Tag Archives: Clinton Administration
The Chicago Tribune’s James Oliphant reports: “According to records at the William J. Clinton Presidential Library in Little Rock, Ark., she also drafted an executive order restricting the importation of certain semiautomatic assault rifles.”
When ban was announced, Clinton staffer Jose Cerda stated, “We are taking the law and bending it as far as we can to capture a whole new class of guns.” [Los Angeles Times, Oct. 22, 1997].
The import ban was made permanent in the spring of 1998. Here’s an explanation I wrote, as part of an article on Rahm Emanuel for America’s 1st Freedom, which is a NRA member magazine:
In 1998, Clinton forbade the import of 58 types of firearms and their accessories. . . .
Emanuel defended the ban on The News Hour with Jim Lehrer, repeatedly claiming that the banned guns were ‘military weapons, not sporting weapons.’
‘Those weapons were designed for one purpose—military—and they don’t belong on our streets,’ he insisted.
Emanuel asserted that Clinton had banned “the AK-47,” which was pure nonsense. The AK-47, which is a fully automatic rifle, was not covered by the import ban. Indeed, not one of the guns banned was an automatic, nor were any of the guns manufactured primarily for military use.
All the banned guns were used in target competitions. Some had names like “Hunter” or “Sporter.” So how did Clinton and Emanuel get around the 1986 federal law requiring that imports must be allowed if the gun is “particularly suitable for or readily adaptable to sporting purposes”?
Emanuel argued that it was permissible to ban the guns because [a Treasury study found that] comments from hunting guides showed that the guns were rarely recommended for hunting trips. As if the only gun that is a “sporting” gun is one used by people who can afford to take trips with a professional guide.
Emanuel further contended that the guns should be banned because they “accept rounds in the 20, 30, 40, in some cases 100 rounds at a case” [sic]. Of course, every gun that accepts a detachable magazine can accept a detachable magazine of any size. So Emanuel’s theory would actually set the stage for a ban on every gun that uses a detachable magazine.
Democratic Senator Pat Leahy, who was then the ranking member of the Senate Judiciary Committee, wrote to President Clinton that he “strongly believes that using a Presidential directive to avoid the normal legislative process regarding any changes to the assault weapons ban is the wrong way to go.”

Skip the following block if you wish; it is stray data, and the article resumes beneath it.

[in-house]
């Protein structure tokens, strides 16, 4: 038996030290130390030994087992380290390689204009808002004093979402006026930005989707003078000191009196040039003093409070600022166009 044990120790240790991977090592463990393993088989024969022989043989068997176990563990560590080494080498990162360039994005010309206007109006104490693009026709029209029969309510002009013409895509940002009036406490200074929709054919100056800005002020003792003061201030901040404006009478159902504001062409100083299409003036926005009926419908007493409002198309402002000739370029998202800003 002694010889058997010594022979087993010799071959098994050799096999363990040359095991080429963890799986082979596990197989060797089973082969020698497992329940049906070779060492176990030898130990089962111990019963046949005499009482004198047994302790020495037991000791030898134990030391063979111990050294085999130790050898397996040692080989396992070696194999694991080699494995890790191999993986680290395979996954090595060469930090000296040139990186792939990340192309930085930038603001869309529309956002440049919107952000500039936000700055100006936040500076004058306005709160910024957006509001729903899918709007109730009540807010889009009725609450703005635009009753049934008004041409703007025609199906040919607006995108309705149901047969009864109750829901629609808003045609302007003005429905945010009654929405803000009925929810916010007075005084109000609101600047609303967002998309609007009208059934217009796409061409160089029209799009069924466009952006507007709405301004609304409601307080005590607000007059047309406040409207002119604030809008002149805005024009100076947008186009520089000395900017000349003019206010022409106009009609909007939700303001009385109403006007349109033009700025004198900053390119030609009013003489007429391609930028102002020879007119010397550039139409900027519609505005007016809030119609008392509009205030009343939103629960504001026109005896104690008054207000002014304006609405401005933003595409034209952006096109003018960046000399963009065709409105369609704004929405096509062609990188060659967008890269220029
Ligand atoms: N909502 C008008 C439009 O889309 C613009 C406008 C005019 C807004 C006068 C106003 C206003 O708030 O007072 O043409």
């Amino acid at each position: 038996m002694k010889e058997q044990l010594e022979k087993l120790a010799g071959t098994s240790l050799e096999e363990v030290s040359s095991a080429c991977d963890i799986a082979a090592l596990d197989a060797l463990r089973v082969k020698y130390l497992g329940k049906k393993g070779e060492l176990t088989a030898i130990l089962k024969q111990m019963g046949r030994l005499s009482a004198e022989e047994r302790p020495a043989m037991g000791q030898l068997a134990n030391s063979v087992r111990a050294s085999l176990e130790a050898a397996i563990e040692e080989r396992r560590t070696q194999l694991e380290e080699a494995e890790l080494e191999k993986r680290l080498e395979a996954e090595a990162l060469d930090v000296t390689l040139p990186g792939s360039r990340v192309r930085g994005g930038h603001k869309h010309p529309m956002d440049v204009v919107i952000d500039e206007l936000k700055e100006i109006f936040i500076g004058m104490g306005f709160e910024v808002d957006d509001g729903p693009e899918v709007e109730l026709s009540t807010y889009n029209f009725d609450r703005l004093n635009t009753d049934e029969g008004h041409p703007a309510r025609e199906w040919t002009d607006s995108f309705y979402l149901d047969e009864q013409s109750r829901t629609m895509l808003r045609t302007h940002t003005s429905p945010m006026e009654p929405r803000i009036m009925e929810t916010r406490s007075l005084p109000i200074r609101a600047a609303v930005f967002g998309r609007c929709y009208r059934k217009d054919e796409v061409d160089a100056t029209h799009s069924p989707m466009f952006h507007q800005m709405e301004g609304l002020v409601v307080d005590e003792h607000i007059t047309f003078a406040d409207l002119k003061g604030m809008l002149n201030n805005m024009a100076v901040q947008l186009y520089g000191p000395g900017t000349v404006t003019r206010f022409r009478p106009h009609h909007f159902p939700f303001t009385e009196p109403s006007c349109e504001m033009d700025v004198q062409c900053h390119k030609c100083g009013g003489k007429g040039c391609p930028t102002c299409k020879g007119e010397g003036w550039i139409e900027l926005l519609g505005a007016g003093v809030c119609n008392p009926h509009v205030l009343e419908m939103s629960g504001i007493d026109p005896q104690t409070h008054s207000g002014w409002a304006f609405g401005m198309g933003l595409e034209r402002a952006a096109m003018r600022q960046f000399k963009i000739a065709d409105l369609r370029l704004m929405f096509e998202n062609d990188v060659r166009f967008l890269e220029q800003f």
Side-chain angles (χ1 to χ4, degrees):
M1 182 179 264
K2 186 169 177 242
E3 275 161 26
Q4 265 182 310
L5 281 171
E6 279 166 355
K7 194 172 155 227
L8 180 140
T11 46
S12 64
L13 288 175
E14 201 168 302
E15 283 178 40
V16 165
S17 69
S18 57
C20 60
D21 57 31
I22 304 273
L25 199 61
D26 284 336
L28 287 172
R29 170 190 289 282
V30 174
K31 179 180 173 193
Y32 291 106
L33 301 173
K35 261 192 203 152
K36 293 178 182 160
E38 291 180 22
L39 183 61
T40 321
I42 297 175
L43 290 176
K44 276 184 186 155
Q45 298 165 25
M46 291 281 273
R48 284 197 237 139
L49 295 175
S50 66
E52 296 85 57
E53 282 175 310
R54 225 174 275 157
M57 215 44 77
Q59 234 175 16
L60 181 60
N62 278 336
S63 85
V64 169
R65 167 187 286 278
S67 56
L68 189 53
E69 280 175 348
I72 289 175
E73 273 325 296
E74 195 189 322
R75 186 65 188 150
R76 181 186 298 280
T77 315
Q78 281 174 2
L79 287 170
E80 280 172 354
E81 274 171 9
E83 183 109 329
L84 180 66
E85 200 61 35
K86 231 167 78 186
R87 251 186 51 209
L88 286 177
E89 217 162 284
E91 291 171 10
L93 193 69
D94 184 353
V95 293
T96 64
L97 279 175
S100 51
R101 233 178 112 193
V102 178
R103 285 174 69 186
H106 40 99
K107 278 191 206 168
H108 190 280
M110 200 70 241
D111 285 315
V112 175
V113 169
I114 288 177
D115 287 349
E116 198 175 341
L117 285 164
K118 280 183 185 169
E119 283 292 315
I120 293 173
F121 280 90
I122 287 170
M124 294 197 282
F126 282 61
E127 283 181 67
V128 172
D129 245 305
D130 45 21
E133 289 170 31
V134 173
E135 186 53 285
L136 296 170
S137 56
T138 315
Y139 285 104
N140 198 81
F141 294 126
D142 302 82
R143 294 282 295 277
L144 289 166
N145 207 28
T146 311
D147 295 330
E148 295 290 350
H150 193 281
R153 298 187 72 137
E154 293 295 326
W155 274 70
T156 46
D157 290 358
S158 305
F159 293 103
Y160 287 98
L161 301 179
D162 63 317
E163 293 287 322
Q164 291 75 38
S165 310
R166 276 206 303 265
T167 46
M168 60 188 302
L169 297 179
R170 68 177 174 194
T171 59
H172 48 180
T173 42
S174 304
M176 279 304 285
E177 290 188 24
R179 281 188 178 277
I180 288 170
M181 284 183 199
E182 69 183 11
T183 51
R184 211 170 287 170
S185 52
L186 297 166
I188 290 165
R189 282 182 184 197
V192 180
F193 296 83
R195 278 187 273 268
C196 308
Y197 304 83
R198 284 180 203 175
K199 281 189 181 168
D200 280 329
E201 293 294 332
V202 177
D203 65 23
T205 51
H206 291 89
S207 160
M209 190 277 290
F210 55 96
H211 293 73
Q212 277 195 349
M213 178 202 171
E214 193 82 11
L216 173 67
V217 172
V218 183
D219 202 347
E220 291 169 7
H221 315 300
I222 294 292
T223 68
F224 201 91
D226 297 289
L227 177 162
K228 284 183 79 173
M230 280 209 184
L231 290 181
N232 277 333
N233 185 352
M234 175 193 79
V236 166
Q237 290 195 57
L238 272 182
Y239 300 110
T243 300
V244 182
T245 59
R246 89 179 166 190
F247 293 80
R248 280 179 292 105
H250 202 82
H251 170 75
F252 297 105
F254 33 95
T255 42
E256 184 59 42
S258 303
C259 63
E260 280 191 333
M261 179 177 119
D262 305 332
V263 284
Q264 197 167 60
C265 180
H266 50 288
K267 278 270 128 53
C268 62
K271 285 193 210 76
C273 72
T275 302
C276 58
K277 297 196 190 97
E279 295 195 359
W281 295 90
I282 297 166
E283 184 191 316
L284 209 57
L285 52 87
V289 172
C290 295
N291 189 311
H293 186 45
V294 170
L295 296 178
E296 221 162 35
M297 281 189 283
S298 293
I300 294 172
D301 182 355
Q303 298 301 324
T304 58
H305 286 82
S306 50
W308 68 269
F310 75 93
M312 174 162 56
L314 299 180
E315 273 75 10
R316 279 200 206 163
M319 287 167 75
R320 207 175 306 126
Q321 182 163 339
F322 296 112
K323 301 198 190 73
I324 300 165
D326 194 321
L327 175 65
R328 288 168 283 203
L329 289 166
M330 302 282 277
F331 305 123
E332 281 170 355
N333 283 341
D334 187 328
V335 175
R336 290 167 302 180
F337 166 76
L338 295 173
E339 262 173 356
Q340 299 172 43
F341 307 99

The list of banned guns is here, at page 167.
One Man’s Thoughts Has Moved To
You can read this article at:
Thank You, Vytautas
The era of big government has returned with a vengeance, in the form of the largest federal work force in modern history.
The Obama administration says the government will grow to 2.15 million employees this year, topping 2 million for the first time since President Clinton declared that “the era of big government is over” and joined forces with a Republican-led Congress in the 1990s to pare back the federal work force.
Most of the increases are on the civilian side, which will grow by 153,000 workers, to 1.43 million people, in fiscal 2010.
“I’m shocked that the ‘tea party’ hasn’t focused on it yet, and the Obama administration only has a thin sliver of time to deal more directly with it, I believe,” said Paul C. Light, who studies the federal bureaucracy as a senior fellow at the Brookings Institution and a professor at New York University. “When you talk about big government, you’re talking about a big employer.”
From 1981 through 2008, the civilian work force remained at about 1.1 million to 1.2 million, with a low of 1.07 million in 1986 and a high of more than 1.2 million in 1993 and in 2008. In 2009, the number jumped to 1.28 million and again to 1.43 million people, in fiscal 2010.
Including both the civilian and defense sectors, the federal government will employ 2.15 million people in 2010 and 2.11 million in 2011, excluding Postal Service workers.
In addition, Obama has called for federal workers to get a 1.4 percent pay raise next year. Did you get a pay raise last year or are you planning on getting one this year?